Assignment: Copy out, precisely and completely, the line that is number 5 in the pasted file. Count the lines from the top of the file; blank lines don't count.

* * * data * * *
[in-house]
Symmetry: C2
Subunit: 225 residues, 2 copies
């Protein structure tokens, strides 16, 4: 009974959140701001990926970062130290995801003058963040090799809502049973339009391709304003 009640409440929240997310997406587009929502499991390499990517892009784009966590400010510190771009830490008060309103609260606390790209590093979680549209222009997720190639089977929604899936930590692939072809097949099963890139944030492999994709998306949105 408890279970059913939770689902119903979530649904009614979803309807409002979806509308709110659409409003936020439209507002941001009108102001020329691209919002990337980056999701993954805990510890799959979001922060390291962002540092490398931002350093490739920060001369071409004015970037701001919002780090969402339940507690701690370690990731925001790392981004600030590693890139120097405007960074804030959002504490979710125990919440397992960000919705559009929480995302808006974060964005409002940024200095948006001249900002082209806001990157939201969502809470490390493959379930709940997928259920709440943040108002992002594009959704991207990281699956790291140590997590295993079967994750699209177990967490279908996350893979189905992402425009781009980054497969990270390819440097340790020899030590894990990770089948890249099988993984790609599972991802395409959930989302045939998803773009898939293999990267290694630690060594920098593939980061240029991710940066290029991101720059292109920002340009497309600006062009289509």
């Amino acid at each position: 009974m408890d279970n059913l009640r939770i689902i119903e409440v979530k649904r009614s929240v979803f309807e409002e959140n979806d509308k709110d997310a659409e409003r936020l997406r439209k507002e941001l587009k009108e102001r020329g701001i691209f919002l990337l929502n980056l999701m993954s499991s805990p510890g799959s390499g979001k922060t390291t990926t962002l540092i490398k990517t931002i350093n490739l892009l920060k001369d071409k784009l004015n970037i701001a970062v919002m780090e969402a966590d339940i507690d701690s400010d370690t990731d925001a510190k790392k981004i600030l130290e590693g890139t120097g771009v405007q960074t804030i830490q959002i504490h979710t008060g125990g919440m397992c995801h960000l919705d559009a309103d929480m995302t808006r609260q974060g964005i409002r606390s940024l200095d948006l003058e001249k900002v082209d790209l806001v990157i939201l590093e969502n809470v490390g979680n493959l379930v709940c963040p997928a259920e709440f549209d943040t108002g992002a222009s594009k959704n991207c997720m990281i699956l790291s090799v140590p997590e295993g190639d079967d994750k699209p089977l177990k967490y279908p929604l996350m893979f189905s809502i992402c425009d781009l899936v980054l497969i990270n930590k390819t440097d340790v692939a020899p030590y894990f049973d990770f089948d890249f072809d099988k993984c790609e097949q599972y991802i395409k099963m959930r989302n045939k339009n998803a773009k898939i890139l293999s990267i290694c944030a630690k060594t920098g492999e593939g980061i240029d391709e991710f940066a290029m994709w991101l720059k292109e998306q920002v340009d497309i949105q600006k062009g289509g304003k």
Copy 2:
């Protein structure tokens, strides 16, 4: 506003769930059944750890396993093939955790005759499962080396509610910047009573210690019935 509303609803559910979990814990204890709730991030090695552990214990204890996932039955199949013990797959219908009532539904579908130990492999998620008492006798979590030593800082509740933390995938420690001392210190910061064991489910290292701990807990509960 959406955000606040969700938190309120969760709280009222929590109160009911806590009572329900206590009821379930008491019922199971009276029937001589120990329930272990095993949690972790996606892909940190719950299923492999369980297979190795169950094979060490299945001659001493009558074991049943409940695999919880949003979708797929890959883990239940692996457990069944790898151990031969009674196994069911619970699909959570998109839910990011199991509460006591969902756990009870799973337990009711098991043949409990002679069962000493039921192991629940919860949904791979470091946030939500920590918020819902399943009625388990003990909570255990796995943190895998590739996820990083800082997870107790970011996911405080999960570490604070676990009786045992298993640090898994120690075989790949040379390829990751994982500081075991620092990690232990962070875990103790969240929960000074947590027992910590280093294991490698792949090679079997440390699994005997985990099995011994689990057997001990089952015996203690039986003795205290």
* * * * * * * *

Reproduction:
């Amino acid at each position: 009974m408890d279970n059913l009640r939770i689902i119903e409440v979530k649904r009614s929240v979803f309807e409002e959140n979806d509308k709110d997310a659409e409003r936020l997406r439209k507002e941001l587009k009108e102001r020329g701001i691209f919002l990337l929502n980056l999701m993954s499991s805990p510890g799959s390499g979001k922060t390291t990926t962002l540092i490398k990517t931002i350093n490739l892009l920060k001369d071409k784009l004015n970037i701001a970062v919002m780090e969402a966590d339940i507690d701690s400010d370690t990731d925001a510190k790392k981004i600030l130290e590693g890139t120097g771009v405007q960074t804030i830490q959002i504490h979710t008060g125990g919440m397992c995801h960000l919705d559009a309103d929480m995302t808006r609260q974060g964005i409002r606390s940024l200095d948006l003058e001249k900002v082209d790209l806001v990157i939201l590093e969502n809470v490390g979680n493959l379930v709940c963040p997928a259920e709440f549209d943040t108002g992002a222009s594009k959704n991207c997720m990281i699956l790291s090799v140590p997590e295993g190639d079967d994750k699209p089977l177990k967490y279908p929604l996350m893979f189905s809502i992402c425009d781009l899936v980054l497969i990270n930590k390819t440097d340790v692939a020899p030590y894990f049973d990770f089948d890249f072809d099988k993984c790609e097949q599972y991802i395409k099963m959930r989302n045939k339009n998803a773009k898939i890139l293999s990267i290694c944030a630690k060594t920098g492999e593939g980061i240029d391709e991710f940066a290029m994709w991101l720059k292109e998306q920002v340009d497309i949105q600006k062009g289509g304003k």